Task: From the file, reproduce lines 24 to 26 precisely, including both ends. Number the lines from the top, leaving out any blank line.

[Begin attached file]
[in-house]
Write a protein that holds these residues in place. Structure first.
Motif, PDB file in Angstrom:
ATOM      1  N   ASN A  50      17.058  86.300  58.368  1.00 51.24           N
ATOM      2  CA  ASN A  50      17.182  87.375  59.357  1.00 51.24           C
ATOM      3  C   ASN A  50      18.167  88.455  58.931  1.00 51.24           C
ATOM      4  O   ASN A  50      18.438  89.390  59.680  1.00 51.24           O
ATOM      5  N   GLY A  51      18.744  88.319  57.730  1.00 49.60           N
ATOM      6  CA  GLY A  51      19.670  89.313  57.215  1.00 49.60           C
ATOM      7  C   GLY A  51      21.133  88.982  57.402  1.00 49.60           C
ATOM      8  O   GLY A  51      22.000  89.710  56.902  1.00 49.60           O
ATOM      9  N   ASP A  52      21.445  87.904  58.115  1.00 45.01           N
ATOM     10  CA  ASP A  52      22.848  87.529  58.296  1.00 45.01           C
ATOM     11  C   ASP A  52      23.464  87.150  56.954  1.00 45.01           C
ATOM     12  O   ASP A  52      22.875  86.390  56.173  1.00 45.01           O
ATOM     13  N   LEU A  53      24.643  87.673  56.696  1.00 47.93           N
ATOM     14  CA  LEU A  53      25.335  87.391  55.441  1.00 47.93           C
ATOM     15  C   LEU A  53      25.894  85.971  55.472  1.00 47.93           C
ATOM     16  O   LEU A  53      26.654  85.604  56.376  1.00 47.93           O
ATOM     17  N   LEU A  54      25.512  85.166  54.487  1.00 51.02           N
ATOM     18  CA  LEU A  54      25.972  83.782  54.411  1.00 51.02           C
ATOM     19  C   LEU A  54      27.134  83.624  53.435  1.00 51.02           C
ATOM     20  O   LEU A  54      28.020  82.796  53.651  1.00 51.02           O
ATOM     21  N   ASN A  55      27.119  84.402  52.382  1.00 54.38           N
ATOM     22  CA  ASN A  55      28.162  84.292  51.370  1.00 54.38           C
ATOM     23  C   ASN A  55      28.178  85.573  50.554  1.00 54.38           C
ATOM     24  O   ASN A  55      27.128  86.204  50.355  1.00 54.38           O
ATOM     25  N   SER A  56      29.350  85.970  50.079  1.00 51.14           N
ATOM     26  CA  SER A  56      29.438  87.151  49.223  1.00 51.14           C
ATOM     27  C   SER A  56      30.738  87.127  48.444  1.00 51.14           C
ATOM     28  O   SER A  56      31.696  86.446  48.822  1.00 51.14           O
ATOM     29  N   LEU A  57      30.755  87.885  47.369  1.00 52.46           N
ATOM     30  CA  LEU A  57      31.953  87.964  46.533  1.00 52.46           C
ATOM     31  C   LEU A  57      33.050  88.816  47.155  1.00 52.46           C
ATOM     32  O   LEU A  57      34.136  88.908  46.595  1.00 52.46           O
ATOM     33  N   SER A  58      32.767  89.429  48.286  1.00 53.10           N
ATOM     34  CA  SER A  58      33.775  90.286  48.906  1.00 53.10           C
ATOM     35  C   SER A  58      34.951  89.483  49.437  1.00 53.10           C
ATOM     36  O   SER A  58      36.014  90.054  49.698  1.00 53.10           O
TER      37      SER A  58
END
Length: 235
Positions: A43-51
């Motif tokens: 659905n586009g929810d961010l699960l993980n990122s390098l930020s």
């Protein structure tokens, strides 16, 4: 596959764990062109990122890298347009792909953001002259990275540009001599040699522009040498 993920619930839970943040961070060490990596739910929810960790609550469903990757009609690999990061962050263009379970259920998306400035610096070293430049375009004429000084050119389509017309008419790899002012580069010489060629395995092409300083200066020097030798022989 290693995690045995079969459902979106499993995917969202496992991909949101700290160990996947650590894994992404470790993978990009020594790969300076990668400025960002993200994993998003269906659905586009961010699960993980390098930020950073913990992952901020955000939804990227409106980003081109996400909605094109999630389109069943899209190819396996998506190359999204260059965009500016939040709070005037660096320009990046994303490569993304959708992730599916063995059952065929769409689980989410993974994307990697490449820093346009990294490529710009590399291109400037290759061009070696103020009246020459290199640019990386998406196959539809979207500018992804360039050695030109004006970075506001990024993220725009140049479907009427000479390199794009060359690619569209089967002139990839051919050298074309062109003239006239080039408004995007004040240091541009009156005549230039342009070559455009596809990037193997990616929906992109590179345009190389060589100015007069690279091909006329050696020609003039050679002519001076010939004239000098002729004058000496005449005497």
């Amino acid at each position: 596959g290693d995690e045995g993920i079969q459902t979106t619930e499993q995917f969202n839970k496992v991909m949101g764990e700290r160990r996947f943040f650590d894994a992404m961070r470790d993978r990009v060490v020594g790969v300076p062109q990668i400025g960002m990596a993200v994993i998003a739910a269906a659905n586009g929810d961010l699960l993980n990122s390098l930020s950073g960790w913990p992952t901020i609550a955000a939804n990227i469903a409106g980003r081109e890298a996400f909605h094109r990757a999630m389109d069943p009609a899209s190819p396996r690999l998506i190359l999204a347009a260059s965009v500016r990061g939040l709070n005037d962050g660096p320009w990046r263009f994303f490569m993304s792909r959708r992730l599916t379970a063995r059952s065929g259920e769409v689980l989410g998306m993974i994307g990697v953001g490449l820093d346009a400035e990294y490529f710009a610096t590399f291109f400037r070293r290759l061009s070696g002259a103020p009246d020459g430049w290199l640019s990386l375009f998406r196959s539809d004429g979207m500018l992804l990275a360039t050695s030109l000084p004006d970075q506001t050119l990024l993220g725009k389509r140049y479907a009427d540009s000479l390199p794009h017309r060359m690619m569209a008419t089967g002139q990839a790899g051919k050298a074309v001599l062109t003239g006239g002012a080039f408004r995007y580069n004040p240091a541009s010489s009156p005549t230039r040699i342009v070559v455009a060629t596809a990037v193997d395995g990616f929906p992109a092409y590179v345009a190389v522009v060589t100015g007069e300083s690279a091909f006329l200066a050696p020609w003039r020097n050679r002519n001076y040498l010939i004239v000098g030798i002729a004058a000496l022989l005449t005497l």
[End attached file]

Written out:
ATOM     21  N   ASN A  55      27.119  84.402  52.382  1.00 54.38           N
ATOM     22  CA  ASN A  55      28.162  84.292  51.370  1.00 54.38           C
ATOM     23  C   ASN A  55      28.178  85.573  50.554  1.00 54.38           C